Friday, December 3, 2010

Advent Calendar of Christmas Memories - Dec. 3 Tree Ornaments

Did your family have heirloom or cherished ornaments?
Did you ever string popcorn and cranberries?
Did your family or ancestors make Christmas ornaments?

Having reminisced about the Christmas tree and the memorable holiday delicacies, I'm glad we are getting around to putting some bling on our Christmas tree.

 I love unwrapping the ornaments and seeing them again after spending almost a year safely tucked away out of sight but still have the ability to bring a smile to my face when I welcome them to this years Christmas celebration.

I can recall only one time when my family attempted to engage in recreating a Little House on the Prairie Christmas and stringing popcorn and cranberries. It isn't as easy as you think. The popcorn has to have aged - making it undesirable for eating but perfect for stringing. As long as you have the correct gauge needle and you place the needle just so ... probably one of the reasons why we only did it once and as I recall, the (very short) string of popcorn and cranberries adorned the outside shrubs with the rationalization that the birds would enjoy having a Christmas treat.

When Al and I celebrated our first Christmas together I recall being more than a little disappointed at the lack of Christmas decorations for our tree. Like so many young married couples we didn't have the funds for a tree let alone ornaments but somehow we managed to afford a couple packages of gold garland and a few boxes of ornaments. As I recall, my parents gave us a couple strings of lights.

It was during this first Christmas that my mother gave us our first heirloom tree ornaments: two glass ornaments given to her by Mr. and Mrs. Olson, neighbors of my paternal grandparents. The Olson's, immigrants from Sweden by way of Chicago, were an elderly couple whose house my sister Lisa and I loved to visit whenever we could. Mr. Olson smoked a pipe and the smell permeated the entire house and it seemed as if they always had a litter of kittens, which was always a delight to two little girls.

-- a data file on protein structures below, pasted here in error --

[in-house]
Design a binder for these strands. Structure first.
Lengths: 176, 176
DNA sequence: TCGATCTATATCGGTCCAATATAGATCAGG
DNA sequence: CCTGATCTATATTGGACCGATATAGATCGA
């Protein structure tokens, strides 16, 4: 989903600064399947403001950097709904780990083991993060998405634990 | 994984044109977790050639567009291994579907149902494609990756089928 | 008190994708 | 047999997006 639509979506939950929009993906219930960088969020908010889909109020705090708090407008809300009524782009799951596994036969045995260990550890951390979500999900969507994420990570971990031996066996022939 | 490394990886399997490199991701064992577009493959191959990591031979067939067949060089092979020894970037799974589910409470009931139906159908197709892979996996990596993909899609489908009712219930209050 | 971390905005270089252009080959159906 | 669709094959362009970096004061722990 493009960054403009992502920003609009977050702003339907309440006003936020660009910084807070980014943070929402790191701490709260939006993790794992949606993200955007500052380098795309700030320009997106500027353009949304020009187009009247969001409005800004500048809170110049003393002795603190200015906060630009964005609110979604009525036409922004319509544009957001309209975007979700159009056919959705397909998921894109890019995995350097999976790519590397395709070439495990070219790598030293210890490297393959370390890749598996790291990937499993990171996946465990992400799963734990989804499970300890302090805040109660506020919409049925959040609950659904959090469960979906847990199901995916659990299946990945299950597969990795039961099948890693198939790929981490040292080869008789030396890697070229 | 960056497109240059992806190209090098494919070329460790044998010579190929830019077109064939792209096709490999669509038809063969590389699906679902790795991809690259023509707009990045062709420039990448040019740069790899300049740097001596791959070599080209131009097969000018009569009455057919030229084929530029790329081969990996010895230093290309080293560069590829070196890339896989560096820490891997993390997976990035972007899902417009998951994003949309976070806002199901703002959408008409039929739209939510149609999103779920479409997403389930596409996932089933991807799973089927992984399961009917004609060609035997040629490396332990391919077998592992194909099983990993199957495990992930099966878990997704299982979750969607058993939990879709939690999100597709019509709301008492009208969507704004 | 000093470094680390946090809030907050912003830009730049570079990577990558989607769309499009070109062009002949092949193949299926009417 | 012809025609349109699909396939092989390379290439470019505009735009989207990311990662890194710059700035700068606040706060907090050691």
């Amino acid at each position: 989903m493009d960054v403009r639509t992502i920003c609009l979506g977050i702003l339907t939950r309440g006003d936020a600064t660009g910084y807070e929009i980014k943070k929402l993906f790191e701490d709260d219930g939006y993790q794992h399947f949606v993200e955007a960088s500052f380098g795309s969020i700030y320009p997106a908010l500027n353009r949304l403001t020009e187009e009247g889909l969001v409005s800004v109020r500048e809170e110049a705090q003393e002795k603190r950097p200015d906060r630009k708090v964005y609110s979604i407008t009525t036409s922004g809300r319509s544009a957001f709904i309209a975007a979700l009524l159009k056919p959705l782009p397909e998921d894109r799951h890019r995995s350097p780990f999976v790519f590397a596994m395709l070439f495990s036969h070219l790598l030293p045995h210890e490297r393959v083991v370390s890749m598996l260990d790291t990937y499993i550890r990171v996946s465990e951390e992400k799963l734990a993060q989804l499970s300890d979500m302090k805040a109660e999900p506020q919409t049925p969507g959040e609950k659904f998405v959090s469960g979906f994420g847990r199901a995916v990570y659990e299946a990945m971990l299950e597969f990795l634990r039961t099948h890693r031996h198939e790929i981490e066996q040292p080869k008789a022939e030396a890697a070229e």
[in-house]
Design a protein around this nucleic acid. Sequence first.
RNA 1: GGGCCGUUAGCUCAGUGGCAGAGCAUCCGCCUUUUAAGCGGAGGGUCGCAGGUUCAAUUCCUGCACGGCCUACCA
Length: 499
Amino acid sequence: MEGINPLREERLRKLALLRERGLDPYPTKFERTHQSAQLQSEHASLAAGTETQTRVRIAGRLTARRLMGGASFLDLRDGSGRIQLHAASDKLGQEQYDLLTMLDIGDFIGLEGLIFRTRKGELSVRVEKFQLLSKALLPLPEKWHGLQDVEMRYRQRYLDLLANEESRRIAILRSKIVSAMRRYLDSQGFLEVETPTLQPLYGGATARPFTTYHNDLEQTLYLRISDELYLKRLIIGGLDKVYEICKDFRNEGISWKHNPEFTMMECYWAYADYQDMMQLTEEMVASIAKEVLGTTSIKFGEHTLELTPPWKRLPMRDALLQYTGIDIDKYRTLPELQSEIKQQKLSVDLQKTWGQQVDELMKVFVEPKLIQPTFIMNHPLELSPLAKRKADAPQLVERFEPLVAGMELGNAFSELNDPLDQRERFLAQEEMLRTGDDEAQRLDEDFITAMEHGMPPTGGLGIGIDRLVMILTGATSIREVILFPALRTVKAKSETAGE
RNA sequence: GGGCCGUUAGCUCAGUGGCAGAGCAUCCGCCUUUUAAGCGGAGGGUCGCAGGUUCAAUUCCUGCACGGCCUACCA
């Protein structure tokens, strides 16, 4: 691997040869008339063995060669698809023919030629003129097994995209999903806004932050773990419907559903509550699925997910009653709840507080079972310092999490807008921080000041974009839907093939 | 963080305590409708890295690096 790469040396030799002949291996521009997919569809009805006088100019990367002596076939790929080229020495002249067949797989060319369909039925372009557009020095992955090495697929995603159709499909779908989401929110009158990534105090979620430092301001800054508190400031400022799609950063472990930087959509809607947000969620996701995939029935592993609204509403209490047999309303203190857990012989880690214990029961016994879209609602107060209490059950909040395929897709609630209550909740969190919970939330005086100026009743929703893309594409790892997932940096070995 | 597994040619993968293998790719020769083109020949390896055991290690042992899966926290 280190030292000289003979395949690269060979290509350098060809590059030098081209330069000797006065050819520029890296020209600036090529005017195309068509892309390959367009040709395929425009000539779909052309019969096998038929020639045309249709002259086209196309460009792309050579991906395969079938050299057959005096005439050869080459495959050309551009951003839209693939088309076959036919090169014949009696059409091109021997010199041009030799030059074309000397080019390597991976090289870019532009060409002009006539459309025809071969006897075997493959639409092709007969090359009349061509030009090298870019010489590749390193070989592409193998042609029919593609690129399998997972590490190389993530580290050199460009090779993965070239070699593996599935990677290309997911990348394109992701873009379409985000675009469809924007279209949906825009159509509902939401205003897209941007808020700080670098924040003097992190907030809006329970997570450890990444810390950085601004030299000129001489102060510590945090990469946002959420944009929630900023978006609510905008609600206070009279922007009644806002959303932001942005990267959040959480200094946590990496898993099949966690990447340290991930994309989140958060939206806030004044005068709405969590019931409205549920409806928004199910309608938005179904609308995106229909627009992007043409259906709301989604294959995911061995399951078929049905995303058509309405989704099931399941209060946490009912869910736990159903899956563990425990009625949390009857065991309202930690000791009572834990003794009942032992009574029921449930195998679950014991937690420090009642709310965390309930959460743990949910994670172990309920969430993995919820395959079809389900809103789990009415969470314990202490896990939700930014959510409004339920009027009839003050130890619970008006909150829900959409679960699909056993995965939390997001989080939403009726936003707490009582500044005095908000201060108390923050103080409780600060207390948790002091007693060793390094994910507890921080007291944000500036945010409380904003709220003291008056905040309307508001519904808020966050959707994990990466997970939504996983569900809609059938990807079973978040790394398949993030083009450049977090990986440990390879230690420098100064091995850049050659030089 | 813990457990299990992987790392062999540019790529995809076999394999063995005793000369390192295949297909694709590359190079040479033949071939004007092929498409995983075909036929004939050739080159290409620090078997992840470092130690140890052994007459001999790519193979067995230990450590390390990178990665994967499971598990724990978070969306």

I'm not sure how my mother ended up with some of the Olson's Christmas ornaments but they are my most treasured holiday decorations. They are placed high enough on the tree to be well out of the reach of those cocker tails which are in perpetual motion. You may have noticed on the ACCM December 2nd post, the ornaments on the Christmas tree with the adorable English cockers sitting underneath, are placed well above cocker head-level and for good reason.

Here is a Christmas ornament I made at sometime during my elementary school career; a toilet paper roll covered with heavy foil paper and my initials written on with gobs of Elmer's glue and sprinkled with glitter. I know I am going to sound like an old lady ... but they don't make glitter like that anymore.

This Santa ornament is as old as my wedding dress. Two weeks after our wedding in September 1971, Al was shipped overseas for a tour of duty in Vietnam. My mother purchased a small artificial tree, made a number of felt ornaments to withstand the time in transit and sent it on its merry way. It meant so much to him but unfortunately the Army would not allow Al to bring the tree and ornaments home. He gave the tree and the ornaments to one of the Vietnamese women on base, except for one and smuggled this Santa home.

I love the myriad of Christmas decorations and ornaments that my mother has painted and presented to us over the years. She is a gifted artist and I look forward to sharing my mother's talents during other ACCM posts.

Ornaments in the cherished category, without a doubt, are the ones made by my children during their childhood; made of felt and Popsicle sticks, gold and silver sprayed macaroni in various shapes and sizes, they are all treasures. Certainly many of these fall into the category of ones that "only a mother could love."

I think about another ornament I made as a child - two sections of an egg carton glued together and decorated with glass balls and, once again, my name written in Elmer's glue and red glitter. It has been many, many years since anyone has thought of me as a child but when my parents are trimming their Christmas tree, when that ornament is unpacked and placed on a branch,I know they are transported back to a time when their oldest daughter was a skinny little girl who could barely contain her excitement waiting for Christmas.


Dar said...

Cindy, Your ornaments are precious. I couldn't help but smile at the homemade ones and the glitter...sweet memories for me also. I remember each of us getting to put our name on a glass ornament to call our own...they are long gone and broken, not by puppy tails, but by the perpetual motion of 9 kids around the Christmas tree. I love the old ornaments and have several. Mom brings hers out each year. Remember the old heavy tinsel? I still love that stuff.
Thanks for sharing your ACCM's. Love it.

Carol said...

Enjoyed this post, you write wonderfully, almost poetic.

great photos too!!

Cher' Shots said...

Wonderful Christmas memories ~ as Darla said our Mom has some very old ornaments that she puts on her tree... wish is always the most beautiful tree of the year. My oldest daughter was born on Dec 19 on her Great Grandma's birthday. So Grandma occasioinally gave her ornaments from her collection for her birthday. Needless to say, she treasures them. Grandma passed away just short of turning 102.


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